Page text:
About Peter Pearson

Peter Pearson, Ph.D., Relationship & Teamwork Expert for Entrepreneur Couples

Pete has been training and coaching couples to become a strong team since 1984 when he co-founded The Couples Institute with his psychologist wife, Ellyn Bader.

Their popular book, “Tell Me No Lies,” is about being honest with compassion and growing stronger as a couple.

Pete has been featured on over 50 radio and television programs including “The Today Show,” "Good Morning America,” and "CBS Early Morning News,” and quoted in major publications including “The New York Times,” “Oprah Magazine,” “Redbook,” “Cosmopolitan,” and “Business Insider.”

Here are my most recent posts

What Would You March For?

Dateline Hong Kong August 18, 2019 Protestor March, 5:03 PM I am standing in front of a mall in the middle of Hong Kong as thousands of marchers parade by me in the rain. No violence. No threats. No police brutality. Some chants in Chinese but not too much or too loud. Some marchers are couples holding hands. Some couples are pushing strollers with babies and toddlers getting an early taste of what it means to march for freedom. They walk past me by the thousands. It seems like a never-ending stream of peacefully moving humanity. So far this parade has been 45–minutes long and still no end to it. Watching this flow of frustrated freedom seekers, I feel as safe as I would on Sunday afternoon in quiet Menlo Park, California. … Read more...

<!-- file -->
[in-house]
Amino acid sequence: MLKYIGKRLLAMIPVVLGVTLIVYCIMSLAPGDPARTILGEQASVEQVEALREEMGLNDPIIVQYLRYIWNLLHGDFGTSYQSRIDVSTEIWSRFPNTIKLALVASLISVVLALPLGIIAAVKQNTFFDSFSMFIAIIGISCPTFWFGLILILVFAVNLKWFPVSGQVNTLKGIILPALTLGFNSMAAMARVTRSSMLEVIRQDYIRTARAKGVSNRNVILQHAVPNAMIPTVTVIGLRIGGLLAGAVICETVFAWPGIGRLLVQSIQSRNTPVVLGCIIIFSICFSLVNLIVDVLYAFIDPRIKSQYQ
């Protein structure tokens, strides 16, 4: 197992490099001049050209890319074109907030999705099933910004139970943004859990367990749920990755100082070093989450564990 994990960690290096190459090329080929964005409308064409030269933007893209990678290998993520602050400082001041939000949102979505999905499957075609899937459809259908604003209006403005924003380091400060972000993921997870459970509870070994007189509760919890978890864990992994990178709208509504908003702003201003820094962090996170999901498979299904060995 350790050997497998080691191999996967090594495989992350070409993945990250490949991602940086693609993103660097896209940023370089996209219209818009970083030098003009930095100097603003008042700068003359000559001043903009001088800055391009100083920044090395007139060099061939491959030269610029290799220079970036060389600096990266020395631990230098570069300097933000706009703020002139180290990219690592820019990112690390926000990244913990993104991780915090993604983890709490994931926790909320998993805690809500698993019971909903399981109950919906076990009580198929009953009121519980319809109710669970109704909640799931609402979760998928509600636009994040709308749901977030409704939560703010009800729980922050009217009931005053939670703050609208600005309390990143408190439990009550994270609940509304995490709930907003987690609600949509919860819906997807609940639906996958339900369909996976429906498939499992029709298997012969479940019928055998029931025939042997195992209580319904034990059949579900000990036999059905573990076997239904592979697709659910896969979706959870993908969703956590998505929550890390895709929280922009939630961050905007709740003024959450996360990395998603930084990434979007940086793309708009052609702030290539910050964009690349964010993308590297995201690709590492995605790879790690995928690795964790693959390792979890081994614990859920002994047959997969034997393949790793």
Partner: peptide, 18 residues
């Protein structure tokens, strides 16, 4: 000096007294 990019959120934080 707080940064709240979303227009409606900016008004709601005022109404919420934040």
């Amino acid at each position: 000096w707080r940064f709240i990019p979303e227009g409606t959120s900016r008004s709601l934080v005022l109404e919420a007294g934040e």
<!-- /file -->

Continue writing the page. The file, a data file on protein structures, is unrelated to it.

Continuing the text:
Pete’s Interview – Stages of Relationships – Triggers

Thanks for your interest in my recent interview on NPR. I hope you get some valuable insights for your relationship regarding: The stages of a relationship or marriage Lies we tell our partners Triggers we have that cause challenges in our relationships You won't want to miss my impromptu session with a stranger where I walked a listener through a long time trigger that he had interacting with his partner. In less than ten minutes, he was able to begin feeling differently and break a pattern he has had for years (Listener Question 2 at about 36 minutes in). Your browser does not support the audio element. Podcast Highlights: 01:05 – Honeymoon Stage and Innocent Lies in the Beginning 05:40 – Avoiding the Truth 10:00 – Start to Work as a TEAM 10:45 – Partners on a Pedestal at the Beginning 11:30 – Tell Me No Lies 11:45 – Second Stage – Power Struggles 15:50 – Marriage is the only Non-Hierarchical Relationship there is.… Read more...